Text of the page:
Last month’s death of 94-year-old Daniel Thompson opened some old wounds and memories in New York. Up until 1960 every bagel made in the city had been a union bagel. Protecting strict Jewish tradition of passing recipes secretly from father to son, the union exercised control over bagel production beginning in 1907. When, in 1951 a bagel famine loomed over the city because of an announced strike, the union saved the day by quashing the move. But then in 1960 Daniel Thompson invented the bagel-making machine, which is capable to manufacture 4800 bagels an hour. The machine destroyed many small producers and the union. Manufacturing of bagels became massive and spread out to other ethnic populations in the city. But nevertheless, in New York one can still hear complaints that there is nothing like those bagels from half a century ago….
Not in my neighborhood. A few blocks away from my apartment in New York is a bakery specialized in bagel making. Every Saturday and Sunday there is a one-block-long line, and one has to wait half an hour to get a fresh, still hot bagel, coming from an oven (which no longer bears any relation Thompson’s machine). The bagel shop is run by of Asian people, men work like stokers, feeding large trays of bagels in and out of massive ovens; one lady takes the $1. per bagel in cash – and it’s cash only.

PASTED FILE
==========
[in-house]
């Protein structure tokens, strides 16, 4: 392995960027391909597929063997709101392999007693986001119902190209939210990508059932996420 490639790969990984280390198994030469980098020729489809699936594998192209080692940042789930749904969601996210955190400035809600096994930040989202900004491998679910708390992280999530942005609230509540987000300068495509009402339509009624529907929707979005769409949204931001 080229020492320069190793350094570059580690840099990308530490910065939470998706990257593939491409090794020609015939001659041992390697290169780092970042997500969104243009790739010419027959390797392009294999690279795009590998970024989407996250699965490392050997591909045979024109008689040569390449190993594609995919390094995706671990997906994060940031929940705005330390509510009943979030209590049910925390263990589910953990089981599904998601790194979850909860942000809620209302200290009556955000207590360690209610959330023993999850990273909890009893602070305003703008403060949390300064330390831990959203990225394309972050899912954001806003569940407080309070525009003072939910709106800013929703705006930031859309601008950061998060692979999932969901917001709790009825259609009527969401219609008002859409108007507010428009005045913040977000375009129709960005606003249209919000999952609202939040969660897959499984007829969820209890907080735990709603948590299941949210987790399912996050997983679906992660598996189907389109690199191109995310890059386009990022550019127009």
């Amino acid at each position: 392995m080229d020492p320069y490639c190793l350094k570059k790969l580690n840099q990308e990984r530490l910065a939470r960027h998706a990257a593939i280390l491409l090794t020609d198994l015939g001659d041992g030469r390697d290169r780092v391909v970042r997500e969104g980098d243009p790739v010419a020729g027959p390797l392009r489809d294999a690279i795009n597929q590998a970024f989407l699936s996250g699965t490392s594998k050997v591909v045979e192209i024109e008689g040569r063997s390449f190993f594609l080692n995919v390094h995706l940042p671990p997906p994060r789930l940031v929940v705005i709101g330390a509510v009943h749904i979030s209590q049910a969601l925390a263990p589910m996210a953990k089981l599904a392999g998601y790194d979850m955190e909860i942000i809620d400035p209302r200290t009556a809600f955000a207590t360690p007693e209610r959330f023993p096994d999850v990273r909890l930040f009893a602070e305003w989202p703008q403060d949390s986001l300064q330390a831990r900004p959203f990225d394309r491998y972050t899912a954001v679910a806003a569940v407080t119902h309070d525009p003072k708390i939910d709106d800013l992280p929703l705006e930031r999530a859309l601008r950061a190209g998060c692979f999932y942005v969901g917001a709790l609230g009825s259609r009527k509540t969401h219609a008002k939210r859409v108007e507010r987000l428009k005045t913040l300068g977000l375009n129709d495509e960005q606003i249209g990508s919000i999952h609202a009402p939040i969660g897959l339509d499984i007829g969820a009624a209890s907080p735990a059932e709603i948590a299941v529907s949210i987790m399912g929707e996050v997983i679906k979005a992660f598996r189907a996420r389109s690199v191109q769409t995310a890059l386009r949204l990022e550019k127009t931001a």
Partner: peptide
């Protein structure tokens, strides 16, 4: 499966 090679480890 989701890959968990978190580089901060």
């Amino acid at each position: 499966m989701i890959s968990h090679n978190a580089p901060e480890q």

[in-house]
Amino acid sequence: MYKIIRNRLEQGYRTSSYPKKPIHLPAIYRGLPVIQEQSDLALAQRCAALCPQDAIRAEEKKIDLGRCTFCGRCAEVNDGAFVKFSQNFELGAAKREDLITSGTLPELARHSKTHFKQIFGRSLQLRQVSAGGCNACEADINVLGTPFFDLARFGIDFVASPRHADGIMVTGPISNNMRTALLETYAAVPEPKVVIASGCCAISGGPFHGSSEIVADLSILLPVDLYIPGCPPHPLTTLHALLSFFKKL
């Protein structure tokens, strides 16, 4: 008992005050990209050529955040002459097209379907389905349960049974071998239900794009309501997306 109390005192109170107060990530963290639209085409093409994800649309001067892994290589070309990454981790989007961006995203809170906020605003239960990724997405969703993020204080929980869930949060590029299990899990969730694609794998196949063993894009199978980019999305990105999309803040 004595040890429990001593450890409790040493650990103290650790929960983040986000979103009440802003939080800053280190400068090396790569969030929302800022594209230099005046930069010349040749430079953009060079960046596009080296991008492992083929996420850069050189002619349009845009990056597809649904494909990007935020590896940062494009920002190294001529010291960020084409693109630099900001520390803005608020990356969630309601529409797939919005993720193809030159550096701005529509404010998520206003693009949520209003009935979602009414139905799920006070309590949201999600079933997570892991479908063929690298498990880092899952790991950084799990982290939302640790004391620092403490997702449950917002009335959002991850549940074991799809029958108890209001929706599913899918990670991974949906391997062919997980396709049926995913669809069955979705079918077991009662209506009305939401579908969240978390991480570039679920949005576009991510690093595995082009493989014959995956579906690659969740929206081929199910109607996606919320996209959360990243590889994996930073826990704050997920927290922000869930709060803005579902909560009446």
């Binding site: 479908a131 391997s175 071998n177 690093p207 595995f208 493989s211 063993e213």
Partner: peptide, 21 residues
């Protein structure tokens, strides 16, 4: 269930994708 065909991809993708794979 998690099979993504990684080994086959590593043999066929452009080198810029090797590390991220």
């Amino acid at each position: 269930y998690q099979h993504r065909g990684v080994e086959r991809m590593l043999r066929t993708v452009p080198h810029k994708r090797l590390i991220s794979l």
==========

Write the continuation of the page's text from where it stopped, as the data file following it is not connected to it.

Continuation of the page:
Absolute Bagel – the name of the shop- is perennially #1 in “The City’s Best” awards. And it is absolutely the best. The Asian management, always racing to meet customer demand from that endless line, doesn’t talk much. We don’t know if they bought the secret recipe from some traditional Jewish producer. I sometimes wonder what they are putting in those bagels that they are so good and irresistible, prompting patrons go to great lengths to buy one
Yesterday, as a hurricane in the distant Atlantic bought rain and high winds to New York City, my wife made the pilgrimage to Absolute Bagel to buy two bagels for us, undeterred by the weather. The line was still impossibly long.
As she moved along, nearing the store’s entrance, a Japanese tourist approached the waiting customers. “What’s this line for?” he asked in limited English, thinking perhaps he’d happened accidentally upon a one of New York City’s landmarks.
“Bagels,” a student in front responded.
“What’s that?” he asked.
The students offered various complicated explanations he didn’t understand and then finally said: “It’s bread.”
He nodded, and pondered, still looking perplexed. A bread line in New York? “Thank you. It must be good.”
A Jewish food, once protected by secrets and unions, now manufactured by Asian immigrants. It was in a way a New York landmark.